Editor's note: Overseas, they fight for freedom. In America, they fight for jobs. “Voters In America: Vets Wanted?” is the first part of In America's documentary series on American voters. J.R. Martinez narrates the documentary re-airing May 19th at 8 p.m. ET Saturday on CNN.
The transition back home after serving in the military can be a challenge for veterans and their families. Here is a list of resources:
Department of Veterans Affairs:
The VetSuccess program assists all veterans find work by providing military skills translators, job skills preparation and other assistance.
This service provides six months of career guidance and job search assistance for all post 9/11 veterans.
This program helps all National Guard and Reserve component members find jobs with military-friendly companies.
Hiring Our Heroes helps all veterans and their spouses find employment through hiring fairs and other programs.
Iraq and Afghanistan Veterans of America:
This organization represents all veterans of the 21st century Afghanistan and Iraqi conflicts though advocacy, awareness and assistance, including job fairs and GI Bill information.
My Next Move helps translate military skills into civilian skills and also provides resume writing help for all veterans.
Transition Assistance Program (TAP):
This program provides transition assistance to all veterans returning to civilian life with help for needs such as disability claims, job searches and counseling.
Veterans Job Bank:
This is a search engine that links all veterans to companies looking to hiring veterans.
This online service allows all veterans to search for jobs that are posted by companies looking to hire veterans, as well as posting their resume.
This law was designed to provide seamless transitions for service members, expand education and training opportunities for veterans and provide tax credits for employers who hire veterans.
Yellow Ribbon Reintegration Program:
This program helps National Guard and Reserve soldiers adjust to post-deployment life by helping with health care, education/training opportunities, financial, legal benefits and more.
I hate to say this, but this program should not be given the priority nor praise that people think it should. Many who are in the military (not officers) were told by the Court system that they had to enlist or face jail time. It's the dirty little secret most have never heard of, but is very true. Our jails are crowded and petty offenders are often told these are their options. Let companies hire who they want.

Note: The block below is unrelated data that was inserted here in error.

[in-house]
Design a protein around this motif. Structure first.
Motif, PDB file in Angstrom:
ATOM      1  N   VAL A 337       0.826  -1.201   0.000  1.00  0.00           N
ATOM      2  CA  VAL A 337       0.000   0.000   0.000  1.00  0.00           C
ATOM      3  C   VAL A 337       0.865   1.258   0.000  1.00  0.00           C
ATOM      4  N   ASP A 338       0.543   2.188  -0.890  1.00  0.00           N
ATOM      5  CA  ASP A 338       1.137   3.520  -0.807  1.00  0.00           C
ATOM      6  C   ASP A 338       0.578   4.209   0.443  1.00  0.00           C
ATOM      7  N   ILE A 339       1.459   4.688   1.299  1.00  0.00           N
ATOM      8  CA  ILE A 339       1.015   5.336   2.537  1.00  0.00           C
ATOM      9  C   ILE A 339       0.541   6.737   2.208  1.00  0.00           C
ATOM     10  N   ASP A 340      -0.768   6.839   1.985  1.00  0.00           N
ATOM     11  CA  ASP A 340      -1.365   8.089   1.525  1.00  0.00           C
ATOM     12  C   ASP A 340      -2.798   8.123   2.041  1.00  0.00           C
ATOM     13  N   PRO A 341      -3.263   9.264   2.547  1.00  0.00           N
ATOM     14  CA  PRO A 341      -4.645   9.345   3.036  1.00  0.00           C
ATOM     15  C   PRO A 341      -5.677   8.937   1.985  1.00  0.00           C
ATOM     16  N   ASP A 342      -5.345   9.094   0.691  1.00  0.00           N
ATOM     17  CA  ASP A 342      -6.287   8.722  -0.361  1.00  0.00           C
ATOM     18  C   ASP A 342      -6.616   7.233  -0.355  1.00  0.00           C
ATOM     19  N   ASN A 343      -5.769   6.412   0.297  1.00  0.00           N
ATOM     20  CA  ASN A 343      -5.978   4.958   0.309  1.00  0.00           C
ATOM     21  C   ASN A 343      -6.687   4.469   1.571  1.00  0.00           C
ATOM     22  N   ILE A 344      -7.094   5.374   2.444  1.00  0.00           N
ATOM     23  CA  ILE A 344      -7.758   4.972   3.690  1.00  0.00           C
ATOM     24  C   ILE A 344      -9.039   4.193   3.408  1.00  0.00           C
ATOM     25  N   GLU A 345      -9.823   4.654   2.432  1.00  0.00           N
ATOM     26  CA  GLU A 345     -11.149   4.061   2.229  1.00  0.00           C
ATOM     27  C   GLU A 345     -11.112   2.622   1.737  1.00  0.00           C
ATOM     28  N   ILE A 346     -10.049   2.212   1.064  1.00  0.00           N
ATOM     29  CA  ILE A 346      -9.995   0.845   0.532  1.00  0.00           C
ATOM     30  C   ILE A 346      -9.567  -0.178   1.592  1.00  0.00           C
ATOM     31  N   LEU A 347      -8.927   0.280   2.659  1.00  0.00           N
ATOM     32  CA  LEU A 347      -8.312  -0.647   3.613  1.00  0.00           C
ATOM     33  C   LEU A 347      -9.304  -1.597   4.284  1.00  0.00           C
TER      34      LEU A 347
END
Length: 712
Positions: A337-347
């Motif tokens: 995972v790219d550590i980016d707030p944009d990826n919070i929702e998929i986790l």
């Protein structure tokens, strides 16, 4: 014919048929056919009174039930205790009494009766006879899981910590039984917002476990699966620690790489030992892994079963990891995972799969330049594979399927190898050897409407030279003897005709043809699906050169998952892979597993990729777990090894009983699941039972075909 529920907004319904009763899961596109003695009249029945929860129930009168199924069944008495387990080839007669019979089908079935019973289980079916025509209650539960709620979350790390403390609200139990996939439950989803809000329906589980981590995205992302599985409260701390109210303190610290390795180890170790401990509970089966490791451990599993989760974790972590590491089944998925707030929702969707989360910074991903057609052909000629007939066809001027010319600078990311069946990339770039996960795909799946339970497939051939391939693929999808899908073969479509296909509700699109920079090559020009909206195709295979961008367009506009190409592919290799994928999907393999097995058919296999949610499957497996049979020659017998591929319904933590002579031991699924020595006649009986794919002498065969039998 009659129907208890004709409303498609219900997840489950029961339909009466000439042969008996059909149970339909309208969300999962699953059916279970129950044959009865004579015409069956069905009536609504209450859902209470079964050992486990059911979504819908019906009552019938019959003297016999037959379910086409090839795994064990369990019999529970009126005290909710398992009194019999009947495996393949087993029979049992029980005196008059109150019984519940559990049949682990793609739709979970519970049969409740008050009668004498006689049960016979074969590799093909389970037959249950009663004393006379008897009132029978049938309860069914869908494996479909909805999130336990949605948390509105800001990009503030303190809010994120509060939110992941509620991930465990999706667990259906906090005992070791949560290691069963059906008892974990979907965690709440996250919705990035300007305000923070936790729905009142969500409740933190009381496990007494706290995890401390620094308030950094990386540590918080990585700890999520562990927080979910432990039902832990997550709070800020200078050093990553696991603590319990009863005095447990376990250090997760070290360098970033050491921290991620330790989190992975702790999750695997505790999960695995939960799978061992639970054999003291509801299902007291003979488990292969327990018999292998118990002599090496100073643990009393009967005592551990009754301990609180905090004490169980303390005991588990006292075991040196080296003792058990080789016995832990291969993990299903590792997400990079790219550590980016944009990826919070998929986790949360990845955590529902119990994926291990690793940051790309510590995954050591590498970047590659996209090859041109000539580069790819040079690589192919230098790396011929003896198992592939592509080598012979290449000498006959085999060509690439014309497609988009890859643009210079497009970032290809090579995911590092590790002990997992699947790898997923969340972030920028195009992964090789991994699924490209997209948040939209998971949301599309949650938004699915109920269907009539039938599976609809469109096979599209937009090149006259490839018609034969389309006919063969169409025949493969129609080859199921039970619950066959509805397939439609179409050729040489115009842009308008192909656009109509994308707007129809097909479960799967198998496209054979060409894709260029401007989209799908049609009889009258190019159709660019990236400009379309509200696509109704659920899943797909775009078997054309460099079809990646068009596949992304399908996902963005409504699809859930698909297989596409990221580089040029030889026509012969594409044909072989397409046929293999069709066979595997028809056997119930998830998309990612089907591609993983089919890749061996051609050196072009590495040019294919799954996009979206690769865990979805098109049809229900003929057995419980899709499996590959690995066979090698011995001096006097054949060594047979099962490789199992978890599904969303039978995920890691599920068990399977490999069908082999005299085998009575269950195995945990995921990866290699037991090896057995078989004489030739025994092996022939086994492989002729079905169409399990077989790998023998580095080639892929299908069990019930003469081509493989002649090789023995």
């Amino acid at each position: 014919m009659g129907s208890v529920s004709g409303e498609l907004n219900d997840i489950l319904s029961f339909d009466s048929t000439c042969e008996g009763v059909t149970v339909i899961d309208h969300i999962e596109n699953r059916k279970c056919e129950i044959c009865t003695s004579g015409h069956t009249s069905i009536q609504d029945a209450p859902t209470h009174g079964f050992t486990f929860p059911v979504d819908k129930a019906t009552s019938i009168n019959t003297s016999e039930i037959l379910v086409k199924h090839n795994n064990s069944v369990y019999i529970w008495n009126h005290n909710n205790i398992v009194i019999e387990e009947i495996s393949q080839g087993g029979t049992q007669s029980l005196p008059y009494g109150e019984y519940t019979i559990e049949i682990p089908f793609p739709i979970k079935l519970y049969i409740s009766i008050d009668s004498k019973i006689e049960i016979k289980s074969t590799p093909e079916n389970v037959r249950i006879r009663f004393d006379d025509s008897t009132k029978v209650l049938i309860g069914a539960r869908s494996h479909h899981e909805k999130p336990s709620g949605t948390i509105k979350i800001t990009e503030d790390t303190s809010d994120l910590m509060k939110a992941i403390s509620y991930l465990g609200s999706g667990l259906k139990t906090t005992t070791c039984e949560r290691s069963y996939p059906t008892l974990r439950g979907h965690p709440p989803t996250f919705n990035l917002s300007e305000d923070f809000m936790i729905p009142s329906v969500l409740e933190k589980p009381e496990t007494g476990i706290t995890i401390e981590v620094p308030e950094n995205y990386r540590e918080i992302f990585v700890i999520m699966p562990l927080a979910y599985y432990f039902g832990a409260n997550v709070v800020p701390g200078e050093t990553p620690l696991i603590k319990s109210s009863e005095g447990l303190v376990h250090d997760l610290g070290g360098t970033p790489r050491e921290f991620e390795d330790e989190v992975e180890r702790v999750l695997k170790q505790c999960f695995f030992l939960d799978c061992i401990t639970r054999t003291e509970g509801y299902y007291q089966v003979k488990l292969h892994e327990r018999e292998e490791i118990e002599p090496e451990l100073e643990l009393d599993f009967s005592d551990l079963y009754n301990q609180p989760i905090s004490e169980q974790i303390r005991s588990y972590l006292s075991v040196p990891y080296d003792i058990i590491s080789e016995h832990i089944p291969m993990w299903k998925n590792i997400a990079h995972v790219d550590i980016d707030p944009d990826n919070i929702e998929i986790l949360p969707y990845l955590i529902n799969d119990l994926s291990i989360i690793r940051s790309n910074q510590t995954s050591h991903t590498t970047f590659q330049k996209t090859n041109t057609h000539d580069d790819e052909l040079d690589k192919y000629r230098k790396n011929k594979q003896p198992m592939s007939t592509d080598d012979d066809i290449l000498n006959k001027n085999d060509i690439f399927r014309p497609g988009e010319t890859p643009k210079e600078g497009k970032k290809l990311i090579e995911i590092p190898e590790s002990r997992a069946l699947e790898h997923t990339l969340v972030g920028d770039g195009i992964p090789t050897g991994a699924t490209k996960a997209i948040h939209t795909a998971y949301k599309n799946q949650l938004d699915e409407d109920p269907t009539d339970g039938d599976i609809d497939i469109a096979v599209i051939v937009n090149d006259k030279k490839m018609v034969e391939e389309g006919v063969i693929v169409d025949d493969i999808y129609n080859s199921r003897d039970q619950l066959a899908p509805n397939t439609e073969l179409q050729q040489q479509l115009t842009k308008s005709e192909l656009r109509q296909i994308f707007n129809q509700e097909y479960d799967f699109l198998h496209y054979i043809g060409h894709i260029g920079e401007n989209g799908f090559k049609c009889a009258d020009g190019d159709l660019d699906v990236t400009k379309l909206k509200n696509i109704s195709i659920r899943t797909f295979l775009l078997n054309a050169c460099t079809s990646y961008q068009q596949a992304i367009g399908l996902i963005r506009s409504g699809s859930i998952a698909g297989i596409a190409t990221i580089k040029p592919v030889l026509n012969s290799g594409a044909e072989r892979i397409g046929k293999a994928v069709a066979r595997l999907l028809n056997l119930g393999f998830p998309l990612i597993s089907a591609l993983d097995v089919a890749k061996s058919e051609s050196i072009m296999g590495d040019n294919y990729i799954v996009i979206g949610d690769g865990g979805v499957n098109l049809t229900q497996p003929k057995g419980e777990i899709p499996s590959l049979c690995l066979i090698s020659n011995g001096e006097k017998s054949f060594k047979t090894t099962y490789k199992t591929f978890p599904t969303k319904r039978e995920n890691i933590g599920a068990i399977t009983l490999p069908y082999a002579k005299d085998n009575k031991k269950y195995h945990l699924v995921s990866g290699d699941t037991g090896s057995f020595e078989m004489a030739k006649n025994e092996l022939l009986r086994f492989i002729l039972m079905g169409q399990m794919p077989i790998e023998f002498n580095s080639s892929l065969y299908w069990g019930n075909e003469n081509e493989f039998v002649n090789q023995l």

This is why girls get raped in other countries. This is why many people there hvae no Freaking Idea what they are doing. Go near a base in another country and crime will be high.
This is why there are pictures of military doing stupid crap.
Crap in Crap out. I say about 10% of all services and all jobs in the serevice have them.
That's laughable. I've never heard of an enlisted member having gone to jail before they joined. As a matter of fact, my cousin couldn't get into the army because he has been in jail for one day. So don't go and allude to /many/ enlisted members being former criminals.
To back up your claim, that is very true. I think Jupman and Solo are confused with what the military use to allow in the Vietnam days when recruiting levels were very low because military service was very unpopular. The military wants people who they can mold into effective and competent individuals not those who are outcasts of society.
I only ever heard one guy claim this while I was in. He was one of those guys that lied about everything though. Claimed he had a half million dollar Mitsubishi Eclipse too. And the recruiting requirements have gotten pretty stringent for some of the branches in the last few years, namely Air Force and Navy, at least so far as behavioural problems go.
I'm a disabled vet. And I got hired by the federal Govt. Great. Let me tell you bout a guy I know. He is a retired O-5. Good. He deserves the pay n benifits. Looked it up, about $2600 a month. Nice retirement. His last month in active he got bit by a mosquito in S.C. He got viral enceph. Really jacked up his brain. Can barly speak. Often spaces out. Then, he got a lawyer and a doctor and they wrote up a fine claim to the VA. He got 100% disability so there is another $3600 per month from Uncle Sam. That is fine, he prob. diserved it. Then, because he is a "disabled veteran" he gets a preference in the hiring. So his buddy gave him a job in the federal system managng about 6 people in a "critical" area. He came in at A GS-11/12 posit. plus at about $4900 a month. This guy is getting well over $10k a month and he can barely function, is out sick all the time..I am not so sure that hiring a vet is the way to go all the time. I am glad I got hired, and I think he deserves the retire/disability. But then to triple dip and block others who are more capable....does not seem right.